Success of negotiations for a free-trade deal likely to hinge on three key issues
The European Union's top Brexit negotiator has ridiculed the United Kingdom for issuing deadlines that are allowed to slide.
Michel Barnier said on Tuesday that Britain's prime minister had issued three "unilateral deadlines "during talks to find a free-trade deal following the nation's exit from the bloc in January.
Barnier said Boris Johnson issued the latest deadline during a meeting with EU ministers, as the clock ticked down to an EU leaders' summit in Brussels on Thursday and Friday.
"It is the third unilateral deadline that Johnson has imposed without agreement," the Guardian newspaper quoted Barnier as saying. "We still have time."
Johnson had earlier said he wanted a free-trade deal agreed before the end of the summer. He then shifted the deadline to the middle of October. He has now reportedly said a "confident sign of a deal" by the middle of this month would be adequate.
With each side accusing the other of running down the clock, the Guardian said London now seems to want to focus on short "tunnel "negotiations, but they still seem some way off .
Barnier told EU ministers in Luxembourg that negotiations "are in a difficult phase" but added that there has been a "more constructive tone" recently.
He later tweeted: "The EU will continue to work for a fair deal in the coming days and weeks."
Several sources have said London and Brussels will need to compromise in areas including access to each other's fisheries, governance of any future trade deal, and ensuring a so-called level playing field that limits state subsidies.
Angela Merkel, the German chancellor, added in a speech on Tuesday that an agreement would need "to be in the interests of both parties; in British interests as well as the interests of the 27-member European Union".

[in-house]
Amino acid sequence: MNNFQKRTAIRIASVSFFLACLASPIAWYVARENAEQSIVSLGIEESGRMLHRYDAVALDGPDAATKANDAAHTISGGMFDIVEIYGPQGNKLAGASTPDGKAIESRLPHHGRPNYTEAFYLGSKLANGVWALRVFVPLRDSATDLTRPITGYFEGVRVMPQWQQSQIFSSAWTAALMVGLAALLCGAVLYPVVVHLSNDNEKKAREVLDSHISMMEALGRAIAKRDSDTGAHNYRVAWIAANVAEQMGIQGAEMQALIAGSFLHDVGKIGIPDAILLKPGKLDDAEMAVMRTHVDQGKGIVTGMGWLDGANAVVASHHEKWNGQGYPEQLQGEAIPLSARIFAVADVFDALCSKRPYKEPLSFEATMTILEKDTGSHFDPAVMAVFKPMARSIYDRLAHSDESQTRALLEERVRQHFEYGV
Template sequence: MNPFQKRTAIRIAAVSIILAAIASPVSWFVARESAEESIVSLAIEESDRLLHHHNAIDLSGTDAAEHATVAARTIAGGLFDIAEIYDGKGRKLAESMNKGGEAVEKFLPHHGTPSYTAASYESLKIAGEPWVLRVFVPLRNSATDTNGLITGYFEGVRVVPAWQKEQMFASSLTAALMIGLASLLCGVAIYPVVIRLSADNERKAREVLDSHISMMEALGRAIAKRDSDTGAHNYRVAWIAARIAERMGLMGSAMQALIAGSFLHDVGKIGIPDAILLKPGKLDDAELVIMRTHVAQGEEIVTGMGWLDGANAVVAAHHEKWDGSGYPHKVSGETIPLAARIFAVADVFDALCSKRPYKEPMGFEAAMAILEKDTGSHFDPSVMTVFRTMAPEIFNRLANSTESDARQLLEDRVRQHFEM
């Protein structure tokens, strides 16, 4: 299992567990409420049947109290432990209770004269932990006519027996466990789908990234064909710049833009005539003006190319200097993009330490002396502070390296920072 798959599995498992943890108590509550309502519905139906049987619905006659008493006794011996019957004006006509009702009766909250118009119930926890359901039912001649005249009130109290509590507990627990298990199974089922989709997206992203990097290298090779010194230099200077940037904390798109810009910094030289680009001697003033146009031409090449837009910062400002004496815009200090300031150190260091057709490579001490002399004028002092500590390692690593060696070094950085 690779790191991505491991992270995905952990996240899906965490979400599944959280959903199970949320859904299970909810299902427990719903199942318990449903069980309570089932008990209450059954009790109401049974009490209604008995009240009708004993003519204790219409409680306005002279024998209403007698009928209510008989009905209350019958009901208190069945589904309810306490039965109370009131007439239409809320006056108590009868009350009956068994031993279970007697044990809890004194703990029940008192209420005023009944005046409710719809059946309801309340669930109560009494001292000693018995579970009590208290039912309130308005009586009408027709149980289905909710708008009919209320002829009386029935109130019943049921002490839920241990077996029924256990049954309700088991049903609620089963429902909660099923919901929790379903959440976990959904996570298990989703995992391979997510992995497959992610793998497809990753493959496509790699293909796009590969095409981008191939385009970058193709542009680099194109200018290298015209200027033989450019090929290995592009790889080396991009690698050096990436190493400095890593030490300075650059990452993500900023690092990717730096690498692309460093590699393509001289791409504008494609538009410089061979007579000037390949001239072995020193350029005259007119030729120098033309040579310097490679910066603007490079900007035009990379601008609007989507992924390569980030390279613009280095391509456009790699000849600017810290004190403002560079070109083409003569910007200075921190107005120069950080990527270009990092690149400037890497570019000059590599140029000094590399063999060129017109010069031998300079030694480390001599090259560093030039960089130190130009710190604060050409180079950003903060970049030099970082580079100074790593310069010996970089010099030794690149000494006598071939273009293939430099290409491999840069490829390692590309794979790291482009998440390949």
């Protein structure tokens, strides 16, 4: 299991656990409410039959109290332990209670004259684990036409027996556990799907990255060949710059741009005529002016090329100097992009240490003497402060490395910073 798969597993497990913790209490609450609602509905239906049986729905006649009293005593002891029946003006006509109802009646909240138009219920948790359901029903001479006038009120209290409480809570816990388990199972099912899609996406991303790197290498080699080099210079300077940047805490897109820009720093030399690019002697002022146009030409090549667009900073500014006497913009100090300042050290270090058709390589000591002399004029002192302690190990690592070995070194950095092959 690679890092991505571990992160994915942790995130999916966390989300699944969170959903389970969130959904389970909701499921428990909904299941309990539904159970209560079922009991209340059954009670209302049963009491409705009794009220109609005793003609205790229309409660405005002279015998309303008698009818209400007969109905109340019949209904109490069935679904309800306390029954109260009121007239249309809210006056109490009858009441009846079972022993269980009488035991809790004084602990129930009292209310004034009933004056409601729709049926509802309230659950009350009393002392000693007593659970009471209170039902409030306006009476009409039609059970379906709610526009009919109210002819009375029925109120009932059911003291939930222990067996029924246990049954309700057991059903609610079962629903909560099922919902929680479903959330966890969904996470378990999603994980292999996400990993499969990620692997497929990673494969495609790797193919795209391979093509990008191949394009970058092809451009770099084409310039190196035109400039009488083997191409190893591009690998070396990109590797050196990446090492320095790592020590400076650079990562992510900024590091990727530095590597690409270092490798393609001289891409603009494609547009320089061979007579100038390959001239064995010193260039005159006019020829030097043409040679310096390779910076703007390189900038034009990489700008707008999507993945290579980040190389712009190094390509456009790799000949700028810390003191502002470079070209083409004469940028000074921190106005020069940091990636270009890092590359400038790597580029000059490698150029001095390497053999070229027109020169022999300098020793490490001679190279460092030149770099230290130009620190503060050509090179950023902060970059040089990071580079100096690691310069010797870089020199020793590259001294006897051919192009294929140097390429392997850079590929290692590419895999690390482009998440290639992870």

Johnson has recently sat down with Merkel and with Emmanuel Macron, the president of France, for talks aimed at advancing the larger negotiations. He was expected to continue that charm offensive on Wednesday with Ursula von der Leyen, president of the European Commission.
Jean-Yves Le Drian, France's foreign minister, told the foreign affairs committee of the nation's National Assembly on Tuesday that the prospect of a no-deal Brexit had become "very real".
The Financial Times reported that the possibility of trading without a deal led Michael Roth, Germany's minister of state for Europe, to caution: "This would be very bad news for everyone－for the EU and even more so for the United Kingdom in the midst of the most serious economic downturn for decades."
And as negotiations continued, Theodore Agnew, the UK's Treasury and Cabinet office minister, urged businesses to prepare for the end of the transitional period that has ensured Britain has traded with the EU since its departure as if it were still a member.
The BBC quoted him as saying companies should not take a "head in the sand approach" as the Dec 31 deadline approaches.
Tim Rycroft, chief operating officer of the Food and Drink Federation, countered by telling the BBC: "If any traders have their head in the sand it's because, after many frustrating months awaiting critical answers, they probably think it's more likely they'll find those answers in the sand than they will from the government."